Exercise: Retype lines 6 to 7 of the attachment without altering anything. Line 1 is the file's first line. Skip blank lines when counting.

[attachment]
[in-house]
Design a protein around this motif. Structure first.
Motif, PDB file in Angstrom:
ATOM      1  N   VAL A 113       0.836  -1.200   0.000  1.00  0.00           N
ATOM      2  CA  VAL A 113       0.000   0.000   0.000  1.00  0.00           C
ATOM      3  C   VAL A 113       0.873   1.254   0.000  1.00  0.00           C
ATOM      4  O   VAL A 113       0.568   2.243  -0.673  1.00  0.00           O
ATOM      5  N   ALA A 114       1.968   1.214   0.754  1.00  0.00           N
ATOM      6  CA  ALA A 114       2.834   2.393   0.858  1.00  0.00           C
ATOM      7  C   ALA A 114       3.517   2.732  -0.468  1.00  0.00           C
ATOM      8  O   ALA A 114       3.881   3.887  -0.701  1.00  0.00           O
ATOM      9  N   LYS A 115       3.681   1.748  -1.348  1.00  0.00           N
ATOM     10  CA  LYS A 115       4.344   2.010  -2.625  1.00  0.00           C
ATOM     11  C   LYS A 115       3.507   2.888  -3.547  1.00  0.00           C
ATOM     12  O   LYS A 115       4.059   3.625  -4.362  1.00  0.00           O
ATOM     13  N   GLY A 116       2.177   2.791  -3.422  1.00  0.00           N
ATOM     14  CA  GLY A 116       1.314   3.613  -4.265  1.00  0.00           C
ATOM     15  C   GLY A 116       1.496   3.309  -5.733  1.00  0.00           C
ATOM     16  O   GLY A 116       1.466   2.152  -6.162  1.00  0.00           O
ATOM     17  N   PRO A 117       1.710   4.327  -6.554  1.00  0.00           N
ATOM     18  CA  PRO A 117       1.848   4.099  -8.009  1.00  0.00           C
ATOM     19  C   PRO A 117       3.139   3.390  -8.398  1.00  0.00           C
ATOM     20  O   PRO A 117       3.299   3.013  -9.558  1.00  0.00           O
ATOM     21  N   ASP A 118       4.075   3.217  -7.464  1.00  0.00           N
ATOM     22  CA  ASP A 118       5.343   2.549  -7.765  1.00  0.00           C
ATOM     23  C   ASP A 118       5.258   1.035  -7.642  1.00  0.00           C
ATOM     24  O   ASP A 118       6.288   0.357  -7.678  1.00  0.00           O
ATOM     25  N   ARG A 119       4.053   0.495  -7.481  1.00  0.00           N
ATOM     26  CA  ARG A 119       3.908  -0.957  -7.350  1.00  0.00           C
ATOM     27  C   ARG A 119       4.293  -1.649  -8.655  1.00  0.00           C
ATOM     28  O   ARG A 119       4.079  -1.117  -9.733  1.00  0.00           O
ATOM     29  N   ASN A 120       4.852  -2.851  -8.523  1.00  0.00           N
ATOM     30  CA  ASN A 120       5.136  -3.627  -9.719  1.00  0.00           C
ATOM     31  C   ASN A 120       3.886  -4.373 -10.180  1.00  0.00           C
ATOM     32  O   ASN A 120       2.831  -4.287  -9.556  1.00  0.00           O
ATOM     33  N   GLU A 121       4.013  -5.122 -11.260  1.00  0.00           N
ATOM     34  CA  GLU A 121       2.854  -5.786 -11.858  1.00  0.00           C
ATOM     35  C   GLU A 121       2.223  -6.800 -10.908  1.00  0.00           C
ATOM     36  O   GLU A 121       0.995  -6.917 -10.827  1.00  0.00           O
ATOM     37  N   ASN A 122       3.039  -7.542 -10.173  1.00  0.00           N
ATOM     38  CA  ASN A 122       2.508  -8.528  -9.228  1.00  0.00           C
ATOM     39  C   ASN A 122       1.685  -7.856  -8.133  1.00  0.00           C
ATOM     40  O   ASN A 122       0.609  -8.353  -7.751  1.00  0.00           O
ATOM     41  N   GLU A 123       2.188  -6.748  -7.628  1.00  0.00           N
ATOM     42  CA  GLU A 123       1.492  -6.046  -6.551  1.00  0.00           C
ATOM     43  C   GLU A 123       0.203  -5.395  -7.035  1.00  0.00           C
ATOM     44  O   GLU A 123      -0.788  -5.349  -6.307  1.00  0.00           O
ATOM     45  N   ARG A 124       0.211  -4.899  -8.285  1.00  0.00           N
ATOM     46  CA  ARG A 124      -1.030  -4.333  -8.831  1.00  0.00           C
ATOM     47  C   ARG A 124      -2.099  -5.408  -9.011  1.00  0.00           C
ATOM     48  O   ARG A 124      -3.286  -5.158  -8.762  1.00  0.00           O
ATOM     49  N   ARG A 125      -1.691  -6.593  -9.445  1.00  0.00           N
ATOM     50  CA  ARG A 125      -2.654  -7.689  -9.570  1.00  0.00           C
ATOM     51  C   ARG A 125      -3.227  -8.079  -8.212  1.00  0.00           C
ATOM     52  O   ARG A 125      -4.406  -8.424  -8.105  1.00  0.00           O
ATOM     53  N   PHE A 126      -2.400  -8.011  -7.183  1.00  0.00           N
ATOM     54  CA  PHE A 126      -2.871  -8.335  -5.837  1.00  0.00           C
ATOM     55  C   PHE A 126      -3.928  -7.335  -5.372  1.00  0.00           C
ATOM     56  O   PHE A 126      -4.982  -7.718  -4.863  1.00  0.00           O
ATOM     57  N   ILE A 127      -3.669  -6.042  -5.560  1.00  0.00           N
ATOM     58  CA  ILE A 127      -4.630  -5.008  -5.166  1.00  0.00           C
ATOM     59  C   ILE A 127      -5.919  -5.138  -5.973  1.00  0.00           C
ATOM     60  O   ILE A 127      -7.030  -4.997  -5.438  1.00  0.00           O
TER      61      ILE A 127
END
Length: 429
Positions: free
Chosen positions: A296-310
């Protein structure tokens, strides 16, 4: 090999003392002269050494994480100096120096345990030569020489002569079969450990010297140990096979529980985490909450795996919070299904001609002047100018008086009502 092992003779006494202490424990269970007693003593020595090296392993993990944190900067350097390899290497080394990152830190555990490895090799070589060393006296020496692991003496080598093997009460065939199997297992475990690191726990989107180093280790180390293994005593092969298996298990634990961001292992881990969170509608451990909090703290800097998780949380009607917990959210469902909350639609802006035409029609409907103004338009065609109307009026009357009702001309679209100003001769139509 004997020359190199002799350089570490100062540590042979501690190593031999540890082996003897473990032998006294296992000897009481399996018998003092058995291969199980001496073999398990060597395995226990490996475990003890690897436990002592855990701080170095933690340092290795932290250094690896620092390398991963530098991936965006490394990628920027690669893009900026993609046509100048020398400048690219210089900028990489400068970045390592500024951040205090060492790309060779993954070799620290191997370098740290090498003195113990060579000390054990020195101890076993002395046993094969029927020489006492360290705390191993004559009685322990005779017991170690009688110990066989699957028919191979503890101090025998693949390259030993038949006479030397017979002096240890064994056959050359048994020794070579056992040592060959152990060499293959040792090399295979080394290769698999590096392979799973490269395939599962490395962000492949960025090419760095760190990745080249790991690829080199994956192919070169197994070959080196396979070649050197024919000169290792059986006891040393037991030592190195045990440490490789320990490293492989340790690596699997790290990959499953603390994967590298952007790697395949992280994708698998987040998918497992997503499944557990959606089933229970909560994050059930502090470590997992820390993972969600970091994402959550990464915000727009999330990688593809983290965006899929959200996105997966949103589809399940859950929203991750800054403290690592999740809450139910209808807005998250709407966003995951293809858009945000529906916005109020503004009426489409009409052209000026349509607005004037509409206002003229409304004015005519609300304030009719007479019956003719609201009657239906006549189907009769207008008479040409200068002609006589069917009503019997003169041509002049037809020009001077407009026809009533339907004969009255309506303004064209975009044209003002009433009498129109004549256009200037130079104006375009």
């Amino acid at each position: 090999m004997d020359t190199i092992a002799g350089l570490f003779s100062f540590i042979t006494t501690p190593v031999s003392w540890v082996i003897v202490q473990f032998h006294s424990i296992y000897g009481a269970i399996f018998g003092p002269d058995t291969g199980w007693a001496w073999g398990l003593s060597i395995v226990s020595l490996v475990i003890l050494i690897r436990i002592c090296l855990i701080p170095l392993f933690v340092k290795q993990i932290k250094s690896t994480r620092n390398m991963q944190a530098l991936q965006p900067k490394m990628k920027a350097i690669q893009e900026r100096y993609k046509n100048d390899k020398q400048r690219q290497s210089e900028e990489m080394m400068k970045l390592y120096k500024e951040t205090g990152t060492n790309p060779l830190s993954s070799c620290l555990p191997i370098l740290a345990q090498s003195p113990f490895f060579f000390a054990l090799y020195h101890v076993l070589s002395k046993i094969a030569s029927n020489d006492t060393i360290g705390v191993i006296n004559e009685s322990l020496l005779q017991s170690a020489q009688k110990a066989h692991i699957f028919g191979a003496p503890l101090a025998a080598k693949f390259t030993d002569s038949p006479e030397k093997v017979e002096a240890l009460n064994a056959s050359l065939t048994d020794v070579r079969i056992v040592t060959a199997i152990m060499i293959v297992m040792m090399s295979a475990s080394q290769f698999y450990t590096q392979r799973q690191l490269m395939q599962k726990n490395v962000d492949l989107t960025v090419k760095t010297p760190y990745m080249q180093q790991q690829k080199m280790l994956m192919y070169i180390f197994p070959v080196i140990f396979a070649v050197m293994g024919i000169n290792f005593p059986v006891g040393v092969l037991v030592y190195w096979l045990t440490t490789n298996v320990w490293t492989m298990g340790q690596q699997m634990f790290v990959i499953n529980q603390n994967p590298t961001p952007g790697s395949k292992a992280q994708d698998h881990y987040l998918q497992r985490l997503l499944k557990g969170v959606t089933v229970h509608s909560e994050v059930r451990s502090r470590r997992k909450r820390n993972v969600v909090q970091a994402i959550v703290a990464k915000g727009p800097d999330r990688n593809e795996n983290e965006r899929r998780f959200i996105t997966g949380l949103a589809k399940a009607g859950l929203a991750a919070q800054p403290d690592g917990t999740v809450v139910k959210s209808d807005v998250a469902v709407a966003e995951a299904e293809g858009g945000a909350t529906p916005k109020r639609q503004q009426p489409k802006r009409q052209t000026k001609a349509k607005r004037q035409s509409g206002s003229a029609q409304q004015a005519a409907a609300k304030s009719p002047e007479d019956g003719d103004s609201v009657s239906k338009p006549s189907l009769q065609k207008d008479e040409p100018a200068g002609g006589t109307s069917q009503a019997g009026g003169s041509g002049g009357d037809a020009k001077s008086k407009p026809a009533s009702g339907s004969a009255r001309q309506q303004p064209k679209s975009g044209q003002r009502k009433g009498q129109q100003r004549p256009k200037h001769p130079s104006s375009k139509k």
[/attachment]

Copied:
ATOM      3  C   VAL A 113       0.873   1.254   0.000  1.00  0.00           C
ATOM      4  O   VAL A 113       0.568   2.243  -0.673  1.00  0.00           O